Archive for the ‘David Levithan’ Category

Simon is being blackmailed by Martin, the class clown. It seems that Simon wasSimonVsTheHomosapiens indiscreet enough to email his virtual boyfriend, Blue, from the library computers and forgot to log out. Martin used the computers, read the emails and threatened to out Simon unless Simon extolled Martin’s virtues to Abby, Simon’s close friend. Since neither Simon nor Blue have come out, Simon feels trapped. The problem is that Abby likes Nick.

Meanwhile, all that Simon knows is that Blue goes to his school, so as he walks the halls, attends play practice, and eats lunch in the cafeteria, he’s trying to figure out who Blue is. It could be any one of a number of people, even Martin!

Throughout all of this, Simon must negotiate his junior year of high school, deal with his very strange family, and the ups and downs of friendships.

Although I read David Levithan’s Boy Meets Boy ages ago, Simon vs. The Homo Sapiens Agenda brought that book into my mind. Simon lives in world with little homophobia. When Simon does come out to friends and family, it causes little ripples vs. tidal waves of emotion. It is giving nothing away to say that Simon’s and Blue’s meeting is a happy occasion…very romantic. It is the journey towards meeting and the mystery of who Blue actually is that is the fun of the book.

Becky Albertalli knows what she’s talking about with Simon. Among other jobs, she was a counselor for seven years to a support group for gender nonconforming children. Her understanding of the subject matter is evident. Her characters are fun and evoke emotions that all teenagers go through, regardless of gender identity.

It’s nice, every now and then, to read a gay/lesbian romance that merely deals with the trials and tribulations of the romance itself (which, in and of itself carries with it enough mine fields) and not necessarily the gender issues. If you’re looking for just a fun romance, try Simon vs. the Homo Sapiens Agenda.

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InvisibilityStephen is invisible to everyone, the result of a curse placed by his maternal grandfather on his mother. He’s been living this way for all of his 16 years and has come to grips with the lifestyle. That is until one day when a new neighbor moves into his apartment building, two doors down. Elizabeth, struggling to unlock her door and not lose her packages fails at the task, dropping them on the floor. Turning to Stephen, she snarkily says something to the effect of “having fun watching me? how about helping?” Stunned, Stephen assists her, which sets off a romance and a quest.

The quest is “why can Elizabeth see him when no one else can?” The romance…oh, you can figure that out yourself. I’ve never read anything written by Andrea Cremer. David Levithan, however, has broken many literary barriers with his YA novels. Boy Meets Boy certainly is ground-breaking. Every Day posits the supposition that a person can wake up in another person’s body on a daily basis and live that person’s life as well as his/her own. Quite a fun read. And now, he and Ms. Cremer have introduced us to magic, spellcasters, cursecasters and spellseekers in Invisibility. (By not explaining these, I’m forcing you to read the book…which is my intention.)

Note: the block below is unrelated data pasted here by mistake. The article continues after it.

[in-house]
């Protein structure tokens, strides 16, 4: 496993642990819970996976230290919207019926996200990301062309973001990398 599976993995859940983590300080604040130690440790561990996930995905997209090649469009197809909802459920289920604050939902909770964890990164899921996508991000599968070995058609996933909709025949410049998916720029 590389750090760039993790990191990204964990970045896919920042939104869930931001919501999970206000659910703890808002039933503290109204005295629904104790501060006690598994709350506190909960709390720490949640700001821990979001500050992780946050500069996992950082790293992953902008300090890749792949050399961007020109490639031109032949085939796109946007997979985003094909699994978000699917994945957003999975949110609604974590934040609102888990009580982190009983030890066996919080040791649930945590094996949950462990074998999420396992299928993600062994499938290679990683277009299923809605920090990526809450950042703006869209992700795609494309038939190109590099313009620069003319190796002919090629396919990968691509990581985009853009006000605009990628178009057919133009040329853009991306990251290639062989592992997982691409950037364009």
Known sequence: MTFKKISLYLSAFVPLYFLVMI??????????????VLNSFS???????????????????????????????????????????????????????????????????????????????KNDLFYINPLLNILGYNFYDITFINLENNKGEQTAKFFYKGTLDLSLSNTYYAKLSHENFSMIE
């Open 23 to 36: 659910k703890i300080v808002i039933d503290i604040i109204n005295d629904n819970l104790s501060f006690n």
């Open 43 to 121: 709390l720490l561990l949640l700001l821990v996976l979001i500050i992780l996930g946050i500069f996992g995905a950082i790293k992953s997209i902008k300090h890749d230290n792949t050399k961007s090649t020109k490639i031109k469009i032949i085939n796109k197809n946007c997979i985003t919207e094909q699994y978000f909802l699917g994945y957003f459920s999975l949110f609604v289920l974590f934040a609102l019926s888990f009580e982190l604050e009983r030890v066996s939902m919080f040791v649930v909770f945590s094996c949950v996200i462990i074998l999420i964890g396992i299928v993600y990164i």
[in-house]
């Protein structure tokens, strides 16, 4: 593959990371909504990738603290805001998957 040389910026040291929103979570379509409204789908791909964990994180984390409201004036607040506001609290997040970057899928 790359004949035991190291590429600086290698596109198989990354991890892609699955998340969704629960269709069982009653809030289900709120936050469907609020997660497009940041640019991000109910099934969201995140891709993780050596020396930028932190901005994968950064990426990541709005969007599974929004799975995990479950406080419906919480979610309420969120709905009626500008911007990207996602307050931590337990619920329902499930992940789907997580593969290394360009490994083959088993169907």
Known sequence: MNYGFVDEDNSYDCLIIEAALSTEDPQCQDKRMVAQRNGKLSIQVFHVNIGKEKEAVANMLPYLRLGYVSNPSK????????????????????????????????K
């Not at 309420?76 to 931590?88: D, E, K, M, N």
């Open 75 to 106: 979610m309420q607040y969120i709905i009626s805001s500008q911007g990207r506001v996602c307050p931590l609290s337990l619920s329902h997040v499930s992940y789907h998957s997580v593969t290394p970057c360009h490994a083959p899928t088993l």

The authors take you on an adventure with all the necessary ingredients: spells, death defying feats, etc. I was going to put the book down with 50 pages left, at 11:15 PM one night, but decided wisely to stay up until I finished it.

For those of you who identify with the loners of the world, there’s Stephen and Elizabeth. For those of you who identify with the “can-do, nothing can stop me” characters, there’s Elizabeth’s brother, Laurie, who’s had to overcome his own major trials. For those of you who want a character to hate, well, there’s one of those too…and plenty of characters to love.  For those of you who just want something fun to read, there’s Invisibility, which, trust me, will not be invisible in your library or bookstore. Actually, I’m thinking this book is going to fly off the shelves, so it may be invisible for a bit. So, maybe you just need your own copy. Whichever way you go, just make sure you read it.

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What a concept. Every day you wake up in someone else’s body the same age as you. You are you, but you must act like your ‘host’. Luckily you can access the memories of the person whose body you are inhabiting. What do you think of yourself as? A boy? A girl? An it? This has been A’s life for all his/her/its 16 years and he has gotten used to it. No family. No relationships. No ties. Well all that changed the minute, the second he saw Rhiannon. He knew she was the one…the one he wanted for more than 24 hours. But how do you explain your 24-hour life cycle to someone who can’t possibly understand it? How can you convince a ‘normal’ person that the relationship potential is there?

This is the concept of every day by david levithan. This is not a para-normal romance, thank goodness. It’s a book that makes you think about life, love, romance. Along the way A inhabits the bodies of kids who have drunk too much, who are depressed, who are heterosexuals, homosexuals, geeks, cool. It makes you think about sacrifice and the impact one decision can make.

If you are a guest in someone’s body for one day, would you attempt to change him/her or would you try to leave the person just as you found them? For a fun read with some thought provoking situations, read every day by david levithan.

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